For many people living in North America, meat is a staple of the diet. We indulge in it for taste, for nutrition, and with the growing popularity of high-protein diets, even for weight loss. But for those of you who choose to regularly indulge in meat and meat by-products, recent statistics collected by the FDA have uncovered that you may be unknowingly biting off more than you can chew. Regular meats sold in butcher shops and supermarkets are accompanied by several other health-harming components that aren’t listed on the ingredients label.
What Goes Into Our Meat
For over 40 years, the FDA has acknowledged that animal sources of meat have contained antibiotic-resistant bacteria, also known as superbugs. Today, these superbugs are still around, perhaps even stronger than they were before. The superbugs in meat products pose a serious risk to our health, causing potential food-borne illnesses and antibiotic resistance.
Farmers and food producers who look after animals claim that antibiotics are used to keep the animals healthy, prevent and control illness, and encourage growth. Dawn Undurraga, a nutritionist for the Environmental Working Group (a health research and advocacy group) stated, “we don’t have a problem with treating animals with antibiotics when they are sick, but just feeding them antibiotics to make them get bigger faster at a lower cost poses a real problem for public health.” This means that animals are unnecessarily overfed antibiotics, and, when eaten by humans, our bodies build a resistance against medications that we may need.
Resistance against Antibiotics
Unfortunately, many of the farms are unsanitary and overcrowded with animals, which results in the perfect atmosphere for bacteria to spread, become more resistant to antibiotics, and create more superbugs. Once these superbugs are formed, they are transferred from the meat to the supermarkets, and ultimately right into our homes and dinner tables.
By purchasing and eating these contaminated meats, it becomes easier for your body to develop a resistance to antibiotics. As a consequence, any sickness that could simply be treated with an antibiotic may require further medical assistance, and the illnesses may become more difficult to treat. Many health complications can arise when an illness is not properly treated, or when a person becomes resilient to medication.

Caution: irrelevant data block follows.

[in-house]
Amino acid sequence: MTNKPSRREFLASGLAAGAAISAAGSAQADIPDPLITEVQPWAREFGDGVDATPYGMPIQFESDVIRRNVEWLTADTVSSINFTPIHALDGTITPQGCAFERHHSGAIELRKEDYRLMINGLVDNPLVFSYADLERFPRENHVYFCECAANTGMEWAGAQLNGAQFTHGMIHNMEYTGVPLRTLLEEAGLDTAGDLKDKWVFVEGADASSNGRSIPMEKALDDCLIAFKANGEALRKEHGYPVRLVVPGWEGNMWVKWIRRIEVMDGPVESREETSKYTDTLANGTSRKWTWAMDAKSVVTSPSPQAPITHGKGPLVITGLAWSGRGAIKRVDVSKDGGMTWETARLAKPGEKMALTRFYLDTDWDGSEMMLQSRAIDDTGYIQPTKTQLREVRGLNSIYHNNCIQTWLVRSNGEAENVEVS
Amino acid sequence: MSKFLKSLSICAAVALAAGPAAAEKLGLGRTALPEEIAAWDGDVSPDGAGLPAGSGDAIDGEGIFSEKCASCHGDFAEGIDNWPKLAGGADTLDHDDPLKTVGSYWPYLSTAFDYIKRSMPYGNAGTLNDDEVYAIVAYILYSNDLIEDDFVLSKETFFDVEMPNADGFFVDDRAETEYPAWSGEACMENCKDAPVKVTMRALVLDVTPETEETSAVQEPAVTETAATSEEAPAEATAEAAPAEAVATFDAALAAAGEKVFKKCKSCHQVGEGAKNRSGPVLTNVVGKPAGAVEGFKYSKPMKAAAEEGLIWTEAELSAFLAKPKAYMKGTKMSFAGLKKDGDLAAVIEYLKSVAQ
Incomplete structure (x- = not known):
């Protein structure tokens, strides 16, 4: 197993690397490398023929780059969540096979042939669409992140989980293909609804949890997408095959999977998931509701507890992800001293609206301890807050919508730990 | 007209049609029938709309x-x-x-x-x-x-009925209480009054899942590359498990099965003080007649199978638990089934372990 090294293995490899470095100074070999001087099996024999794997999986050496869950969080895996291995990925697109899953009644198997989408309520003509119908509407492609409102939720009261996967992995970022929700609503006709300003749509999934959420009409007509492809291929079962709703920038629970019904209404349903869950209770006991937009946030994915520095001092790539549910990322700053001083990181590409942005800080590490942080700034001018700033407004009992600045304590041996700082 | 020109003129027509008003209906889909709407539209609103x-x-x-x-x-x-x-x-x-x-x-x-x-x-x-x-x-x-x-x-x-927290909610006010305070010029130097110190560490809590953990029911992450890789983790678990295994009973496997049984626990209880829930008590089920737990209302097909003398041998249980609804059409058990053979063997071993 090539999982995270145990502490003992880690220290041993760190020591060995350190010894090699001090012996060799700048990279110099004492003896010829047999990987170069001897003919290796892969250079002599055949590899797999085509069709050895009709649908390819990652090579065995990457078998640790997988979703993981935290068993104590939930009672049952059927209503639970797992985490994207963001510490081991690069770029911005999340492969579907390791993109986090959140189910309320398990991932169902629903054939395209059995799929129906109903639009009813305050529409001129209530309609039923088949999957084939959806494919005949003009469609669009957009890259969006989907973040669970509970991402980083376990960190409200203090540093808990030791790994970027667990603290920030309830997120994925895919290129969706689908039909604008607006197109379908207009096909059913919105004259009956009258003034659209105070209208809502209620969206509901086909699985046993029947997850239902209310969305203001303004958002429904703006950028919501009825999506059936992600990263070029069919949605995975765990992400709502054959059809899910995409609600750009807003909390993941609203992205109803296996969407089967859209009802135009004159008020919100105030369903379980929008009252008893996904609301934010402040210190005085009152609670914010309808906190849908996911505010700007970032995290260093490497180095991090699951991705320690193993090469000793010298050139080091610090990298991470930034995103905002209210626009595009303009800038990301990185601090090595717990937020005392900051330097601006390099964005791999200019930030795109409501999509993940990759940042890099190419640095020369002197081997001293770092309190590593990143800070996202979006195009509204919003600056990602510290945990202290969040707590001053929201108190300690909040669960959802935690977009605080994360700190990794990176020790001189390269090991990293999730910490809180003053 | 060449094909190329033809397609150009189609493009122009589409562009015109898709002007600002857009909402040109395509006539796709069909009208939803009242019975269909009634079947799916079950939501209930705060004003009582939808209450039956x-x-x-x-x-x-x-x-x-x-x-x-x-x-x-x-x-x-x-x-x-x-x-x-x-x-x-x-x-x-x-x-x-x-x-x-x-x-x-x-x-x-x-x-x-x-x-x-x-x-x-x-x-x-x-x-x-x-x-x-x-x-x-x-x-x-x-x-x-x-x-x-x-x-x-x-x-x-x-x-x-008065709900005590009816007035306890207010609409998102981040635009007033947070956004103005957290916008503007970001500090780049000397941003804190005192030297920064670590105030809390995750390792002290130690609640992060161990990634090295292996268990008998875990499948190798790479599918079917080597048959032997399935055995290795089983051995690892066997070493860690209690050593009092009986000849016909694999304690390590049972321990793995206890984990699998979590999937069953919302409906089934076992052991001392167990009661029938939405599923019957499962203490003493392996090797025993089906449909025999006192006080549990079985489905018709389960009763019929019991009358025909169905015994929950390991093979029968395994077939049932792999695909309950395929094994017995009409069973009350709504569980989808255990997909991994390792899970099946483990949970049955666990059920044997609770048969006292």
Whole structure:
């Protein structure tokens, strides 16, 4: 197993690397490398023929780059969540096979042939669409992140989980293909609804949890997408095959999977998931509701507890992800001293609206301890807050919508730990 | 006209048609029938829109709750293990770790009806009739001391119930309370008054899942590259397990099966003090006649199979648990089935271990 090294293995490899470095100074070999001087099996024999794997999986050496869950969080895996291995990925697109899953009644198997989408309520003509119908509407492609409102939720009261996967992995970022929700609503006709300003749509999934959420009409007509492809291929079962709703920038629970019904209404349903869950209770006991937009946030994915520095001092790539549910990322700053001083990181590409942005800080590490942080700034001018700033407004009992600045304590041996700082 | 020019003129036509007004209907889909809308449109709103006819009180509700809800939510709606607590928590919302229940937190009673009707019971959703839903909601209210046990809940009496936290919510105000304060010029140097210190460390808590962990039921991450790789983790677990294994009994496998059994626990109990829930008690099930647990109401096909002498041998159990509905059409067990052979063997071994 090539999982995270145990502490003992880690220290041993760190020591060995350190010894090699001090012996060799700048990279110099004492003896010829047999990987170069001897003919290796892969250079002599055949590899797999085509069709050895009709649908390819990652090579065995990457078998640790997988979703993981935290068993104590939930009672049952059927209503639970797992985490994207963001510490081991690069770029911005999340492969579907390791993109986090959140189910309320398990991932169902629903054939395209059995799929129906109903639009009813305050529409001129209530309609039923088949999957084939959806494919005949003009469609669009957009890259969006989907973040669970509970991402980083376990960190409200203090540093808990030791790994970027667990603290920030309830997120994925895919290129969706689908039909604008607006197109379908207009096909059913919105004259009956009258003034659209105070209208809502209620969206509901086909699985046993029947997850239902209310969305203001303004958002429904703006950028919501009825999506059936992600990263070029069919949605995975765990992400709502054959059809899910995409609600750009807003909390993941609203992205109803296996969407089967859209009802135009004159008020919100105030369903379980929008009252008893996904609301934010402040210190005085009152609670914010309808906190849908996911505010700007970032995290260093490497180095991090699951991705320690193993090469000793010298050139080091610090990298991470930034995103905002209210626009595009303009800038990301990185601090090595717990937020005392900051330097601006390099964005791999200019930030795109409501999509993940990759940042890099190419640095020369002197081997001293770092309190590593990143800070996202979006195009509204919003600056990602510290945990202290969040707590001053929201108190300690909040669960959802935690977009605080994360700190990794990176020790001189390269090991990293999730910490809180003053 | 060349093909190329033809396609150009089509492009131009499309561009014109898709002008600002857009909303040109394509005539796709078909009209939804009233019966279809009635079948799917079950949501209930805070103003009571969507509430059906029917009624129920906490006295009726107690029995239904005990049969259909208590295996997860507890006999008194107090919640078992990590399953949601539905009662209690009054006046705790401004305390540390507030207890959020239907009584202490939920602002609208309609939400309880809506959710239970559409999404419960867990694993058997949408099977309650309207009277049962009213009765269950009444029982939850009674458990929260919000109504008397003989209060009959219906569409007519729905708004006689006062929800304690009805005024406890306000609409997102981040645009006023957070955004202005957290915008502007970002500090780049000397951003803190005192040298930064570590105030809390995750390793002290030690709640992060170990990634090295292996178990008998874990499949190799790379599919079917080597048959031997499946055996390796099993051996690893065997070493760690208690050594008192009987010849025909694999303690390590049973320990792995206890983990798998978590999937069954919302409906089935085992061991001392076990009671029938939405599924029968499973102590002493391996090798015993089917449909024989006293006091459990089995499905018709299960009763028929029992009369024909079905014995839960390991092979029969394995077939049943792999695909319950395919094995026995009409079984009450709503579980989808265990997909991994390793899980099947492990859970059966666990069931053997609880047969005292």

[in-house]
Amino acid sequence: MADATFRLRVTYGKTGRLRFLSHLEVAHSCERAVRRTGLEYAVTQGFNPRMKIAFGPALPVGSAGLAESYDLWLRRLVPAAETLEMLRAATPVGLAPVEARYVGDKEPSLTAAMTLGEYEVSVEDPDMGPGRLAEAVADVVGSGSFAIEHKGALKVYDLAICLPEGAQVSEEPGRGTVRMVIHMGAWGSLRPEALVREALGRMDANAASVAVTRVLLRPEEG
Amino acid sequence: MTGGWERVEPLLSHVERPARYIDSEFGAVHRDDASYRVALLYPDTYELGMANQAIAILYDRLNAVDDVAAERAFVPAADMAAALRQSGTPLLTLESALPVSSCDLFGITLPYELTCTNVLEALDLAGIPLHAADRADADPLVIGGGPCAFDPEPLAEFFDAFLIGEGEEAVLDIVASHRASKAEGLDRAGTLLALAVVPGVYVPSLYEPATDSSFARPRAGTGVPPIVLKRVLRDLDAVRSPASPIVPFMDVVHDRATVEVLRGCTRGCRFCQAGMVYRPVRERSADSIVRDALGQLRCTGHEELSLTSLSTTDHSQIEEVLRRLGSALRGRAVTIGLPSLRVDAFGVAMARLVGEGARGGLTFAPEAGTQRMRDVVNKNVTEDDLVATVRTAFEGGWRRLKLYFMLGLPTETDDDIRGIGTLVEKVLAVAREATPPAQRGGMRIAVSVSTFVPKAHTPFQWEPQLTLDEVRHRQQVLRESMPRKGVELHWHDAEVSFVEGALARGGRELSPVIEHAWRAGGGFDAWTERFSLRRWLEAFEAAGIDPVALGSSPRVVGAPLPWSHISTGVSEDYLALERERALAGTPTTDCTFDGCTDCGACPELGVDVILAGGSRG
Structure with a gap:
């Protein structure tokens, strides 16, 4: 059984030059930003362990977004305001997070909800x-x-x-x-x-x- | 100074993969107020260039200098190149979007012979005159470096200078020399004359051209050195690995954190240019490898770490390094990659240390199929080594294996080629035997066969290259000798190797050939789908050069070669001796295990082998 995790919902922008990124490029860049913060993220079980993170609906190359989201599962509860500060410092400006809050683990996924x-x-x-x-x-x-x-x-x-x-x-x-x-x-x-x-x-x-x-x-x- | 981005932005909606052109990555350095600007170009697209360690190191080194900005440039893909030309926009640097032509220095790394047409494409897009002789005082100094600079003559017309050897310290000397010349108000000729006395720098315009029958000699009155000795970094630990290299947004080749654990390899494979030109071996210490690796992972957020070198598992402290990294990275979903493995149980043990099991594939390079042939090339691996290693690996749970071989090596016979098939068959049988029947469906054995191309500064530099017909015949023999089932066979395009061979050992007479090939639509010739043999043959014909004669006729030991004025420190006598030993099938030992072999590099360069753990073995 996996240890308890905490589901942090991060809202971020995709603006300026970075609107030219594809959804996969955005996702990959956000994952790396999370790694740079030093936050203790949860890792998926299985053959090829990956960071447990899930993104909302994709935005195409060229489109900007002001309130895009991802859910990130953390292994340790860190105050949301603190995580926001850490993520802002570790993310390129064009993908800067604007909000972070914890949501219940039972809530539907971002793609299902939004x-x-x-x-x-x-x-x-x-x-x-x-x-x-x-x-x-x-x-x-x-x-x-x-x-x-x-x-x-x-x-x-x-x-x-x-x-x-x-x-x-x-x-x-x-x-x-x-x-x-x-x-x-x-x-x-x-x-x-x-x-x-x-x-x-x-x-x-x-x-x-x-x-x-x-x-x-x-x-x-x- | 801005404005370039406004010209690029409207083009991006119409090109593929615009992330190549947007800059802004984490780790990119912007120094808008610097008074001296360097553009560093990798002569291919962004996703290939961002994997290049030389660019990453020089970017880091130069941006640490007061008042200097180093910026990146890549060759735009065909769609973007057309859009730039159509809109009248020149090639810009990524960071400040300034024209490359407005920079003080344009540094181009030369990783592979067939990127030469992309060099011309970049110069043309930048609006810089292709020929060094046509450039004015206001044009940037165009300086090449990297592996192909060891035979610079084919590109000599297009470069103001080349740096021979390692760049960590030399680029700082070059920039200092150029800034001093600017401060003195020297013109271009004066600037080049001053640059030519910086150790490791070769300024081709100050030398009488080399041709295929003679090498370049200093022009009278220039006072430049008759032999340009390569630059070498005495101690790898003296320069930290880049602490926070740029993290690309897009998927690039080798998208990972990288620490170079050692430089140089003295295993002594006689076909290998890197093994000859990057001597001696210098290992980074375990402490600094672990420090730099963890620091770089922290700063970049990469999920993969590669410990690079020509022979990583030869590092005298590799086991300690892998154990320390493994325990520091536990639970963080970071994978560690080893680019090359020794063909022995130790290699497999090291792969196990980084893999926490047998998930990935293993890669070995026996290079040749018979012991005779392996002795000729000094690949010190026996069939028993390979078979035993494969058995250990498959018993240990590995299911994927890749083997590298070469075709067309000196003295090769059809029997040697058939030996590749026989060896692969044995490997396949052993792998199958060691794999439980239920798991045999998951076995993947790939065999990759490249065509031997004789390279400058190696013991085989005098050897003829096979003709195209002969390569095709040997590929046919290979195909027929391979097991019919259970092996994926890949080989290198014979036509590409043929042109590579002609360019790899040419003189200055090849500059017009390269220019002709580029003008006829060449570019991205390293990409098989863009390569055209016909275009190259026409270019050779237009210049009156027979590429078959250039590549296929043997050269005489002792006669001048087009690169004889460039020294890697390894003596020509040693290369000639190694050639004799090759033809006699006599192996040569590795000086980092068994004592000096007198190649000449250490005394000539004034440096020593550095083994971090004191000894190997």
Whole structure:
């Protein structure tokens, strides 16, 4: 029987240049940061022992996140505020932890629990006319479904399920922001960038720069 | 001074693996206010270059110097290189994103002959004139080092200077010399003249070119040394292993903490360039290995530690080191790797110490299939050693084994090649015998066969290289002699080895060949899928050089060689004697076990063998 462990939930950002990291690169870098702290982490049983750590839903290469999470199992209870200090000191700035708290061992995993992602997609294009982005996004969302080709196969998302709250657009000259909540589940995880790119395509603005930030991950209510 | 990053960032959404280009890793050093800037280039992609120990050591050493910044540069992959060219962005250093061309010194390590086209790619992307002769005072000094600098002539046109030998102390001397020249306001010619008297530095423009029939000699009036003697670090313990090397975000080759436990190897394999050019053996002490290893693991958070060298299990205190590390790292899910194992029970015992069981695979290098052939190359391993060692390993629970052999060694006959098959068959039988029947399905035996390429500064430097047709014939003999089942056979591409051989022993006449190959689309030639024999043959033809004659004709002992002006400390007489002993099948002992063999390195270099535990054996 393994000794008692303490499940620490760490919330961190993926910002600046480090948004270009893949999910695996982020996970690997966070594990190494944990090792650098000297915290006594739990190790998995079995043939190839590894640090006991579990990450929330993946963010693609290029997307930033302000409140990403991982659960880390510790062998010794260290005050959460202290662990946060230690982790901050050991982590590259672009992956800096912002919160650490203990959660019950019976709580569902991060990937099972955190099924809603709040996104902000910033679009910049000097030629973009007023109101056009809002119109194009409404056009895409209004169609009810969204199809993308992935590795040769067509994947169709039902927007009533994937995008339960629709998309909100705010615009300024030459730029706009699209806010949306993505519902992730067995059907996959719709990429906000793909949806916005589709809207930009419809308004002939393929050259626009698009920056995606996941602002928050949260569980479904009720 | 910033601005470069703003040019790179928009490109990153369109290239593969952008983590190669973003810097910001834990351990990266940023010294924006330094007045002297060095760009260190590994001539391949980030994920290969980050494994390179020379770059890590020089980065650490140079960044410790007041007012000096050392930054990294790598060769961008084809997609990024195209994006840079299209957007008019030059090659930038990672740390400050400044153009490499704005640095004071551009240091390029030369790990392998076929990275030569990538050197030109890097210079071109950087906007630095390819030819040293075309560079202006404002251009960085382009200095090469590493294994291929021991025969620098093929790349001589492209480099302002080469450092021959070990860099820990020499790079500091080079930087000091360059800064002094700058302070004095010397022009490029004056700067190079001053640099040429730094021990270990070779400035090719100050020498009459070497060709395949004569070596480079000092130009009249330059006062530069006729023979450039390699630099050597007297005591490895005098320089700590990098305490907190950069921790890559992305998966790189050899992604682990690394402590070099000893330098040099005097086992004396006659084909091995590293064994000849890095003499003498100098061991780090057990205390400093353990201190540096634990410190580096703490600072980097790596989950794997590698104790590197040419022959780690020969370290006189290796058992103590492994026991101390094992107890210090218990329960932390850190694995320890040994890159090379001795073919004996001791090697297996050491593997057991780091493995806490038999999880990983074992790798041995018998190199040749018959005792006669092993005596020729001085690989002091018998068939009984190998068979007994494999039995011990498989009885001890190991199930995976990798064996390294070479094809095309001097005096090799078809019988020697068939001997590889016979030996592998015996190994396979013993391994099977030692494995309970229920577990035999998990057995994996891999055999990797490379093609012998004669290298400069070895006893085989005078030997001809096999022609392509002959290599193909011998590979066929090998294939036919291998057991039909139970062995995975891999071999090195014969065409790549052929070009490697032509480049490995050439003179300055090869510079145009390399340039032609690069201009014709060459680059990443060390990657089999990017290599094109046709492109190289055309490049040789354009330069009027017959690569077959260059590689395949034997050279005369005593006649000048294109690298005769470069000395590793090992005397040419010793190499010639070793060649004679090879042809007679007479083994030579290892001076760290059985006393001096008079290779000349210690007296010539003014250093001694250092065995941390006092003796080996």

Bacteria found in Meat
More than half the samples of ground turkey, pork chops and ground beef collected by the federal government from supermarkets contained a bacteria resistant to antibiotics. These finding, discovered in 2011 by the National Antimicrobial Resistance Monitoring System, is a collaboration of the Food and Drug Administration, the Agriculture Department and the Centers for Disease Control and Prevention. They also found high amounts of meat containing antibiotic-resistant forms of bacteria, such as salmonella, E. coli and campylobacter. This means that the meat we buy from our trusted neighborhood supermarkets and feed to our families can actually contain bad bacteria and increase resistance to antibiotics.
As if this wasn’t stomach-turning enough, many sources of meat were tested for the enterococcus bacteria, which is fecal contamination. This particular bacterium is easily resistant to antibiotics, and can cause serious illness among humans. A 2011 study also revealed that 9% of the chicken breasts, thighs and wings were contaminated with a form of salmonella that resist antibiotics as well. Moreover, 26% of these chicken parts were tainted with antibiotic-resistant campylobacter. As for ground turkey, 10% tested positive for salmonella.
Be Watchful of What You Buy
Although a high-protein diet can be extremely healthy, it is crucial to inspect and keep a mindful eye when buying animal products. Removal of antibiotic use in animals would lessen the amount of bacteria and antibiotic-resistance which we now know can be very harmful.
There are organic meat options available which aren’t injected with hormones or antibiotics. Raising organic meats also promotes humane animal treatment in which animals are not fed other animal remains and are less exposed to pesticides or chemical fertilizers. While this option may be costly to your grocery list, it may be the best option to protect you and your family.
If you’re considering going off meat and opting for a vegetarian diet, there are other healthy, natural sources of protein available. No matter the diet you choose, try adding something legumes, nuts, cheese, or soy to your diet. These are incredible high-protein sources that can benefit your health and prevent the risk of bacteria and antibiotic resistance found in some meat sources.